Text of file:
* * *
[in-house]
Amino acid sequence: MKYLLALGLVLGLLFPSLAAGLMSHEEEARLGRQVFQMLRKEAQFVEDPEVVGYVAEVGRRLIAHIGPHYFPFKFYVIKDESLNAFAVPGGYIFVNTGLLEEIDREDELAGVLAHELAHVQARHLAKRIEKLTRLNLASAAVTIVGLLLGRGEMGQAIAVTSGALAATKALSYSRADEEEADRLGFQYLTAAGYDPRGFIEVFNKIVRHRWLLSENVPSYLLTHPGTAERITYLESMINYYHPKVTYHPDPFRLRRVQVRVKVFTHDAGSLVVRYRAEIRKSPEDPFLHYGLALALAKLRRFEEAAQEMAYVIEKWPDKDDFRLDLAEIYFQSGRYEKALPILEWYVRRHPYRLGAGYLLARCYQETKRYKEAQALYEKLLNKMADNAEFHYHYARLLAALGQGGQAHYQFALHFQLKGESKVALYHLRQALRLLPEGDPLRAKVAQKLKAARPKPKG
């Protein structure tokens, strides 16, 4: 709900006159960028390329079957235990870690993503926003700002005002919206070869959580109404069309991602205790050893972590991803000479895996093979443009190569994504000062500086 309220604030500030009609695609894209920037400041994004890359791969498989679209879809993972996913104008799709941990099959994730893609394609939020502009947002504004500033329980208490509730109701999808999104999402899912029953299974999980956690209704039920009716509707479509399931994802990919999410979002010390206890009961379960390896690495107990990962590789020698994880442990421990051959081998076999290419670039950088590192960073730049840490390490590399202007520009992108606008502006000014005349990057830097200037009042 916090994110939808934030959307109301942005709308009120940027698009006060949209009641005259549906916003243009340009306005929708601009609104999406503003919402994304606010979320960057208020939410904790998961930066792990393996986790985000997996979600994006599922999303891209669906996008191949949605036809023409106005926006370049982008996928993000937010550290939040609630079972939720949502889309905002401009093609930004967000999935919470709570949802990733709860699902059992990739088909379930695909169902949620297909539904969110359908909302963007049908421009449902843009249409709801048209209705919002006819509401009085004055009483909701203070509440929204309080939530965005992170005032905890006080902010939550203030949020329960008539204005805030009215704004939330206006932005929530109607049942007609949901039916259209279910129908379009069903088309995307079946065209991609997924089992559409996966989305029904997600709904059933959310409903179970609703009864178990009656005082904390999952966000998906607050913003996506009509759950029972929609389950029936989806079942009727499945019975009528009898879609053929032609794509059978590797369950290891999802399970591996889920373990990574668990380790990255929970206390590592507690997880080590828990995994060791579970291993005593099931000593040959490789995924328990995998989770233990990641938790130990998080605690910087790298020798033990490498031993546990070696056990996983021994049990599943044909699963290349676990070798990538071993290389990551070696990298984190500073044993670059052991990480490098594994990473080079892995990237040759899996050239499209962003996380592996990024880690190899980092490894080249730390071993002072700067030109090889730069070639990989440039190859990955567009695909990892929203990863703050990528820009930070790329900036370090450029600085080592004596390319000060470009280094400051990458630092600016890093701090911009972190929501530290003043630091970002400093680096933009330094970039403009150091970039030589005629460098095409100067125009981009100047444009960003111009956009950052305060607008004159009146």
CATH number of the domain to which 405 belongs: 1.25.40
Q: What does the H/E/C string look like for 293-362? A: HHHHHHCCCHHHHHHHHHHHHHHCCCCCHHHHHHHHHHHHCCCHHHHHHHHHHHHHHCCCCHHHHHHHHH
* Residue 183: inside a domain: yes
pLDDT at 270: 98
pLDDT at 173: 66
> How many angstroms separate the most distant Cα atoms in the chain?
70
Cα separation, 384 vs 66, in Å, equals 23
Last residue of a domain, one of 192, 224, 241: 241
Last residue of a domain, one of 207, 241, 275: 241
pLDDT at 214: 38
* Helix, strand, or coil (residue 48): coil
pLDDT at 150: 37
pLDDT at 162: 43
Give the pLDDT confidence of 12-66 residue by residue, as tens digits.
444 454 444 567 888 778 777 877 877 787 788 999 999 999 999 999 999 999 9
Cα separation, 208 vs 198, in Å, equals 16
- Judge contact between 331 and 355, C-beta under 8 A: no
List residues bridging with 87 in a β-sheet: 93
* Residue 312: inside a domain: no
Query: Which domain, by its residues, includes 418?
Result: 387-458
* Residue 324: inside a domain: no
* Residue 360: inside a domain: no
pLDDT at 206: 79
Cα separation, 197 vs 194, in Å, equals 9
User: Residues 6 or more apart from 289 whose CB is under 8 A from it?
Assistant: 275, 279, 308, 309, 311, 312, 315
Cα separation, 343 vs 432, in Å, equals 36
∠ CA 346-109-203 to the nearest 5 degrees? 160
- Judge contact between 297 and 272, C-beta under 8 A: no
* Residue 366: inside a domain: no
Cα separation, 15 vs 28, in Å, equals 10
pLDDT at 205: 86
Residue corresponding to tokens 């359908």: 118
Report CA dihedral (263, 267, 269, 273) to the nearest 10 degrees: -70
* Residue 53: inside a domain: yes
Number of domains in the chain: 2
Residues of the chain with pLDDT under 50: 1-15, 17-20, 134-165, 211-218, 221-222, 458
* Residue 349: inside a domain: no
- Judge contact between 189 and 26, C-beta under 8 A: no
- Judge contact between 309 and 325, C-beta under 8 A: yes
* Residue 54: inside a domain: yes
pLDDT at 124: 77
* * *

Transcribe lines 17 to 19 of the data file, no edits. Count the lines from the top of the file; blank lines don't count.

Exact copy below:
pLDDT at 162: 43
Give the pLDDT confidence of 12-66 residue by residue, as tens digits.
444 454 444 567 888 778 777 877 877 787 788 999 999 999 999 999 999 999 9